The first Grand Slam of 2017 is heating up. The last four remaining in the Australian Open are Roger Federer, Grigor Dimitrov, and Rafael Nadal. An interesting development that could arise at the conclusion of this tournament is the race for the All-time Grand Slam record that Roger Federer currently holds at 17 slams.
Over the last two years, Rafael Nadal has struggled with his confidence, his form, his ability to close out important tennis matches, which has left many tennis aficionados wondering whether we will ever see the very best from the fourteen-time Grand Slam champion ever again. The Spaniard is slowly aiming to silence his critics and is doing so on the tennis court as he prepares for his first Grand Slam semi-final since Roland Garros 2014, in which he won.
If Rafael Nadal was to win the 2017 Australian Open it would put him just two Grand Slams away from the Swiss star Federer, which would add extra interest to the second Grand Slam of the year at Roland Garros–a tournament in which Nadal has experienced unrivaled success for over a decade. It is easy to forget that the Australian Open is a tournament that the Spaniard has only ever won on one occasion, so if he was to claim his second title here, would that immediately reinforce Nadal as the favorite for Roland Garros? It is one of many great talking points for the coming months, that’s for certain.
Clearly, Nadal has found some of the form that has been missing for over two years. We are slowly seeing some short term results under the guidance of his new coach Carlos Moya, but can the 30-year-old sustain this level for a whole season like Novak Djokovic and Andy Murray have been doing for a number of years now? I think only Nadal can really answer this question.
For Nadal to muster up a truly great season where he performs well at all of the Majors, he will have to have full confidence in his forehand. That one single shot will determine whether we will see another comeback from the Spaniard and whether he will test Federer’s record of 17 Grand Slams, which is something that looked unlikely until this fortnight in Melbourne. During the two years away from the higher echelons of the game, Nadal’s forehand has dropped short and central during his matches and it has become less potent, which is why so many shock upsets have occurred in matches involving Nadal. The moment the Spaniard started looking for the riskier forehand down the line shot over the higher part of the net, it opened up more options for him to utilize. On top of that it also gives his opponent an extra tactic to worry about, whereas during the period of 2015-16, he was becoming way too predictable with his forehand cross-court patterns. A confident Nadal that takes risks on the tennis court is virtually unplayable at times, which is something he will need to reinforce on a regular basis if he is to contest Federer’s 17 Grand Slam title haul as it stands.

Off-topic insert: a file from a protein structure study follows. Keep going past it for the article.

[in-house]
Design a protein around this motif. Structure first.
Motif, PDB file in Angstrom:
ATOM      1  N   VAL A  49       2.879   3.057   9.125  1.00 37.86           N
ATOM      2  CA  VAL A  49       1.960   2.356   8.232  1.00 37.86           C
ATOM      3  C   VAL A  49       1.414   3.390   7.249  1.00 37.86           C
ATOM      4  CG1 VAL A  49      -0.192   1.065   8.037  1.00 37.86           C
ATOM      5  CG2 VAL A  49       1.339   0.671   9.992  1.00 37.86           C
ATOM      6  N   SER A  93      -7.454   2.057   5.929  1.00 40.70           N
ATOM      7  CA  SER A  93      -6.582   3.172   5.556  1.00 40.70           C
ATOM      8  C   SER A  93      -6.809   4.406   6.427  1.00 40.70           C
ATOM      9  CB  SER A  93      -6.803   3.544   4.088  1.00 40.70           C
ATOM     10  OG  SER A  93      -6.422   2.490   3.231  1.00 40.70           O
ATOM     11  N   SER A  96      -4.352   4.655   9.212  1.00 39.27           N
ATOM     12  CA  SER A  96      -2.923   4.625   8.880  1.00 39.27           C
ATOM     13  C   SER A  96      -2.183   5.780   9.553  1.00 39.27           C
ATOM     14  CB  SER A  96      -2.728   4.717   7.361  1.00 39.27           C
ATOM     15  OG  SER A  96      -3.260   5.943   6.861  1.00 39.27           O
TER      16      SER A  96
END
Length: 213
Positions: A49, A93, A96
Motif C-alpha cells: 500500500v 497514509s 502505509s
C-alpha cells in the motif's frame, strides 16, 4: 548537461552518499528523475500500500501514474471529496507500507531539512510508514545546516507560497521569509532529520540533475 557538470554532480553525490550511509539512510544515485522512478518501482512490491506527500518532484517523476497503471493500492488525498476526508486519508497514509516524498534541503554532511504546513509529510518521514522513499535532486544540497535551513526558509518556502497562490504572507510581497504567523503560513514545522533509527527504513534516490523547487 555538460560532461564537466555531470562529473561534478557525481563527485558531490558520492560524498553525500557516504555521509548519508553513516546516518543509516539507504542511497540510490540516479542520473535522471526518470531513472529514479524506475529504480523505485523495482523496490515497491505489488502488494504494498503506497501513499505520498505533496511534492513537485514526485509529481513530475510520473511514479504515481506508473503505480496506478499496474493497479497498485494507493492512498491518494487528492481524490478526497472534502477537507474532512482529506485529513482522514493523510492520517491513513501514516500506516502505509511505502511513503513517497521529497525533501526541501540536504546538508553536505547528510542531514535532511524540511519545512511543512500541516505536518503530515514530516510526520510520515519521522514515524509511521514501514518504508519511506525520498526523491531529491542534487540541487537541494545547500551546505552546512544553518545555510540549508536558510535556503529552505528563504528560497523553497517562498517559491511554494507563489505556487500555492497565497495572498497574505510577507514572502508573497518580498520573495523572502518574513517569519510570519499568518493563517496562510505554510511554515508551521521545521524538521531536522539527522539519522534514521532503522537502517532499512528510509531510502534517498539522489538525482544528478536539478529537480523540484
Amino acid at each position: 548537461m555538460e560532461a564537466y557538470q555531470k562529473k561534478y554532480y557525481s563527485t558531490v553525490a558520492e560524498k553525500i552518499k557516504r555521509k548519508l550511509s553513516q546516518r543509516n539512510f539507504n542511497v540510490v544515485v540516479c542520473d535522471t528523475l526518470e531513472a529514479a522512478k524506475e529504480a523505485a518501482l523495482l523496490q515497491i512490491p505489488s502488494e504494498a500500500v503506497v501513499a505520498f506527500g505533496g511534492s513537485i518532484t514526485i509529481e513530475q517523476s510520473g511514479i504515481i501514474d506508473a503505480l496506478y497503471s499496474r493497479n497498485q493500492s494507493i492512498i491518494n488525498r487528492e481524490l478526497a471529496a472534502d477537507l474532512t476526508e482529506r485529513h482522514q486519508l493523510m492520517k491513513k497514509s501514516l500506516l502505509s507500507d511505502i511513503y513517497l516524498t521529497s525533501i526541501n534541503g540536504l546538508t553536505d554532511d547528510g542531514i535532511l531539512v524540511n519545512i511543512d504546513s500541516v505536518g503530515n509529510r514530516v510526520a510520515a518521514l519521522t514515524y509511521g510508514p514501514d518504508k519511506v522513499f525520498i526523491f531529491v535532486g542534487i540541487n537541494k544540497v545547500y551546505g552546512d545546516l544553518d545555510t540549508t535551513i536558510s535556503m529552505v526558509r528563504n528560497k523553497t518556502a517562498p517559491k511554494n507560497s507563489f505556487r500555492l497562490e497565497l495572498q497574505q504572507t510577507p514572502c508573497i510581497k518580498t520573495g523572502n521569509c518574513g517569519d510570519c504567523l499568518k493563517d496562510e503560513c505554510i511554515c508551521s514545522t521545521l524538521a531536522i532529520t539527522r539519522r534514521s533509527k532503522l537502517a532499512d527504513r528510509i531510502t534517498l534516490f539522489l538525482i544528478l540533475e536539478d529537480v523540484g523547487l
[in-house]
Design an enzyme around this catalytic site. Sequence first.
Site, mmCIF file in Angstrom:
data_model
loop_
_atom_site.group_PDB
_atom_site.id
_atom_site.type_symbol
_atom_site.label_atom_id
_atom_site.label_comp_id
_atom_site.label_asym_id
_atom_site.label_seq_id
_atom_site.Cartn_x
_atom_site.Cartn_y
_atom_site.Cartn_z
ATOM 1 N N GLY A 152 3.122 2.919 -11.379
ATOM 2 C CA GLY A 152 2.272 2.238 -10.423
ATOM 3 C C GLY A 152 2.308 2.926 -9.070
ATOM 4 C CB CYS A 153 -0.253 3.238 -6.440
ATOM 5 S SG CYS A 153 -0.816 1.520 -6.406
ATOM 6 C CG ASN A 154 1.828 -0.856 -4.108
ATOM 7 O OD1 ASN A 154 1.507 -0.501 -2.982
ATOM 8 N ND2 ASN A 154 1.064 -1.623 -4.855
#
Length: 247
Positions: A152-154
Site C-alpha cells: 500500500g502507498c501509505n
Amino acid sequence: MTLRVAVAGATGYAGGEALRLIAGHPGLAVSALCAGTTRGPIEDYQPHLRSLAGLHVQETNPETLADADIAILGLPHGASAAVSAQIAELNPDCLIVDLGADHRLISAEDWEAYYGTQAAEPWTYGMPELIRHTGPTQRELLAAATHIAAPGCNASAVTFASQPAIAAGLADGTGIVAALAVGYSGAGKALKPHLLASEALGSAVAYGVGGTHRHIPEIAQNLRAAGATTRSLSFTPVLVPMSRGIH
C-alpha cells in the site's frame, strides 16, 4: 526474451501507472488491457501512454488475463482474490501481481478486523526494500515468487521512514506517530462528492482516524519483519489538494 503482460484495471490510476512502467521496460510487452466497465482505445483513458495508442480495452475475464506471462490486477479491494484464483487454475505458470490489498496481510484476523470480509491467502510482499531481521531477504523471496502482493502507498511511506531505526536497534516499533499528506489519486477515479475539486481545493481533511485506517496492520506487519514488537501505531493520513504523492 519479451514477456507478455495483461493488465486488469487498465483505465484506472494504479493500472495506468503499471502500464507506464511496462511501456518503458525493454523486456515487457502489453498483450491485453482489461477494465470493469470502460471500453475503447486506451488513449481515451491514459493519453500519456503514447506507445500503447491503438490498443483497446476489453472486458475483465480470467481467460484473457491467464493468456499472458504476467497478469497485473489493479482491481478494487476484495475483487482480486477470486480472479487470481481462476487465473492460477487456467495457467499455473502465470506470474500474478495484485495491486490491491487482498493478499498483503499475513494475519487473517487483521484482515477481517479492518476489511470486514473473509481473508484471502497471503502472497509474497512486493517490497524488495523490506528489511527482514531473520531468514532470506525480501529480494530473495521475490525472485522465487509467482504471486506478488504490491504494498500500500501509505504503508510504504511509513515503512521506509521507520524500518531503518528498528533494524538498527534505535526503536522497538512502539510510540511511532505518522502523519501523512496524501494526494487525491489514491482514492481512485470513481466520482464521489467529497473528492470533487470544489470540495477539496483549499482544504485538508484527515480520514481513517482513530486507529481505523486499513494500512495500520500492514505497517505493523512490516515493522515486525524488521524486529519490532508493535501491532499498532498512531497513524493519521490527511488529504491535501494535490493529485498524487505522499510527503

On top of that, you also have to ask the question whether Roger Federer will add to that tally of 17 majors. He still remains competitive at the age of 35. He has made the semifinals or better in his last five Majors, which suggests that he still is not far away from claiming another huge triumph. One would suggest that his best possible chance of winning a major is at Wimbledon, because of the quick-fire tennis that Federer can play in those conditions, which allows him to get the most out of his precise and accurate serve.
If Nadal can upset the odds and silence the critics to win the 2017 Australian Open it really does open the conversation for the next few months coming into Roland Garros. Can Nadal really do it?